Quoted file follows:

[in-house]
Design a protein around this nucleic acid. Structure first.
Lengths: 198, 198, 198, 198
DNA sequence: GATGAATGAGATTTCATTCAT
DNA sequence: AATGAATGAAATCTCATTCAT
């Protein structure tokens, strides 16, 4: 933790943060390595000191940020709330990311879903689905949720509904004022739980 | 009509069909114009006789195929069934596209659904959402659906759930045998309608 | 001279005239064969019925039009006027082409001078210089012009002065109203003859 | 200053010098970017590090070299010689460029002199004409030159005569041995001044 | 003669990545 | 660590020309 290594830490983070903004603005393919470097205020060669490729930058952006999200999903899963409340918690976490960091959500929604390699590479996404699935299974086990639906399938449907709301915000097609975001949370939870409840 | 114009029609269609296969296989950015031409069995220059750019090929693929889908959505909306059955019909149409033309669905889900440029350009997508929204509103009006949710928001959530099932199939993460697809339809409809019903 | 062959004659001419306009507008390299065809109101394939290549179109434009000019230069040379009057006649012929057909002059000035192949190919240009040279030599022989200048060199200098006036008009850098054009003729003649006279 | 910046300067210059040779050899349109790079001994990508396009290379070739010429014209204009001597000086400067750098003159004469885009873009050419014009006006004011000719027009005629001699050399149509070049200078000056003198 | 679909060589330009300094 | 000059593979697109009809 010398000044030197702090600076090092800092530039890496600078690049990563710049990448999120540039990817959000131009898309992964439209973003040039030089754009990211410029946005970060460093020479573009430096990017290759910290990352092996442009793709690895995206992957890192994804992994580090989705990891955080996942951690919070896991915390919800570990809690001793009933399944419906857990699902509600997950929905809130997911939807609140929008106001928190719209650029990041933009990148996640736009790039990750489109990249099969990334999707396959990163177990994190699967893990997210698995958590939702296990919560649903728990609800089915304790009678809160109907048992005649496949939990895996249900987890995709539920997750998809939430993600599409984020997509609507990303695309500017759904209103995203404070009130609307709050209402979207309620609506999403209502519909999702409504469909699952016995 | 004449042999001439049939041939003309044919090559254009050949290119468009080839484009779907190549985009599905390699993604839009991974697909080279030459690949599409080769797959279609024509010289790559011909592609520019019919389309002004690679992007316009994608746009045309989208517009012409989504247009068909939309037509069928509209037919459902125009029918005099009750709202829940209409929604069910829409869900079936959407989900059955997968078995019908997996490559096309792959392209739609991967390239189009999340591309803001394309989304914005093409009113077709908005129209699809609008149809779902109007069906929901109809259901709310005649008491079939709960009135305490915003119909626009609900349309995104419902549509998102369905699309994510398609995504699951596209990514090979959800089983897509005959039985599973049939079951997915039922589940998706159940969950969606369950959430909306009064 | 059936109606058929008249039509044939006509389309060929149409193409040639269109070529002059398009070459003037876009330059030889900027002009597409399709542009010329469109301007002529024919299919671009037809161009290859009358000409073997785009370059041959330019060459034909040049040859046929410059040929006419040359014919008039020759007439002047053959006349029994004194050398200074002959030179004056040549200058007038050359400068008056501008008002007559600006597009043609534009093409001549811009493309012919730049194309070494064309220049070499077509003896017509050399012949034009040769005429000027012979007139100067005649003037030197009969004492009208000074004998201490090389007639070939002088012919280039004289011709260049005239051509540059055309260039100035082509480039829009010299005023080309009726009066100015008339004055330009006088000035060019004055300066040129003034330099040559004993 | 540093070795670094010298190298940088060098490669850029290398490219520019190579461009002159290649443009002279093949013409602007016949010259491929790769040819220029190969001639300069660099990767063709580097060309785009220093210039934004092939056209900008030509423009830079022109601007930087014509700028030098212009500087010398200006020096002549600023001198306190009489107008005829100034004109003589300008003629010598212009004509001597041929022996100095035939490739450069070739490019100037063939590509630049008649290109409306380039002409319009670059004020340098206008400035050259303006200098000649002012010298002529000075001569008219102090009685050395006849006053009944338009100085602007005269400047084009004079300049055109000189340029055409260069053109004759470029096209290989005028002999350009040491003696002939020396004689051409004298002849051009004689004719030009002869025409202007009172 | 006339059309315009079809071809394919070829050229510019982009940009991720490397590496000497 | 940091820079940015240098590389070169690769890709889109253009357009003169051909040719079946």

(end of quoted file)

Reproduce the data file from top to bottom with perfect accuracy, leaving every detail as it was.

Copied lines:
[in-house]
Design a protein around this nucleic acid. Structure first.
Lengths: 198, 198, 198, 198
DNA sequence: GATGAATGAGATTTCATTCAT
DNA sequence: AATGAATGAAATCTCATTCAT
């Protein structure tokens, strides 16, 4: 933790943060390595000191940020709330990311879903689905949720509904004022739980 | 009509069909114009006789195929069934596209659904959402659906759930045998309608 | 001279005239064969019925039009006027082409001078210089012009002065109203003859 | 200053010098970017590090070299010689460029002199004409030159005569041995001044 | 003669990545 | 660590020309 290594830490983070903004603005393919470097205020060669490729930058952006999200999903899963409340918690976490960091959500929604390699590479996404699935299974086990639906399938449907709301915000097609975001949370939870409840 | 114009029609269609296969296989950015031409069995220059750019090929693929889908959505909306059955019909149409033309669905889900440029350009997508929204509103009006949710928001959530099932199939993460697809339809409809019903 | 062959004659001419306009507008390299065809109101394939290549179109434009000019230069040379009057006649012929057909002059000035192949190919240009040279030599022989200048060199200098006036008009850098054009003729003649006279 | 910046300067210059040779050899349109790079001994990508396009290379070739010429014209204009001597000086400067750098003159004469885009873009050419014009006006004011000719027009005629001699050399149509070049200078000056003198 | 679909060589330009300094 | 000059593979697109009809 010398000044030197702090600076090092800092530039890496600078690049990563710049990448999120540039990817959000131009898309992964439209973003040039030089754009990211410029946005970060460093020479573009430096990017290759910290990352092996442009793709690895995206992957890192994804992994580090989705990891955080996942951690919070896991915390919800570990809690001793009933399944419906857990699902509600997950929905809130997911939807609140929008106001928190719209650029990041933009990148996640736009790039990750489109990249099969990334999707396959990163177990994190699967893990997210698995958590939702296990919560649903728990609800089915304790009678809160109907048992005649496949939990895996249900987890995709539920997750998809939430993600599409984020997509609507990303695309500017759904209103995203404070009130609307709050209402979207309620609506999403209502519909999702409504469909699952016995 | 004449042999001439049939041939003309044919090559254009050949290119468009080839484009779907190549985009599905390699993604839009991974697909080279030459690949599409080769797959279609024509010289790559011909592609520019019919389309002004690679992007316009994608746009045309989208517009012409989504247009068909939309037509069928509209037919459902125009029918005099009750709202829940209409929604069910829409869900079936959407989900059955997968078995019908997996490559096309792959392209739609991967390239189009999340591309803001394309989304914005093409009113077709908005129209699809609008149809779902109007069906929901109809259901709310005649008491079939709960009135305490915003119909626009609900349309995104419902549509998102369905699309994510398609995504699951596209990514090979959800089983897509005959039985599973049939079951997915039922589940998706159940969950969606369950959430909306009064 | 059936109606058929008249039509044939006509389309060929149409193409040639269109070529002059398009070459003037876009330059030889900027002009597409399709542009010329469109301007002529024919299919671009037809161009290859009358000409073997785009370059041959330019060459034909040049040859046929410059040929006419040359014919008039020759007439002047053959006349029994004194050398200074002959030179004056040549200058007038050359400068008056501008008002007559600006597009043609534009093409001549811009493309012919730049194309070494064309220049070499077509003896017509050399012949034009040769005429000027012979007139100067005649003037030197009969004492009208000074004998201490090389007639070939002088012919280039004289011709260049005239051509540059055309260039100035082509480039829009010299005023080309009726009066100015008339004055330009006088000035060019004055300066040129003034330099040559004993 | 540093070795670094010298190298940088060098490669850029290398490219520019190579461009002159290649443009002279093949013409602007016949010259491929790769040819220029190969001639300069660099990767063709580097060309785009220093210039934004092939056209900008030509423009830079022109601007930087014509700028030098212009500087010398200006020096002549600023001198306190009489107008005829100034004109003589300008003629010598212009004509001597041929022996100095035939490739450069070739490019100037063939590509630049008649290109409306380039002409319009670059004020340098206008400035050259303006200098000649002012010298002529000075001569008219102090009685050395006849006053009944338009100085602007005269400047084009004079300049055109000189340029055409260069053109004759470029096209290989005028002999350009040491003696002939020396004689051409004298002849051009004689004719030009002869025409202007009172 | 006339059309315009079809071809394919070829050229510019982009940009991720490397590496000497 | 940091820079940015240098590389070169690769890709889109253009357009003169051909040719079946």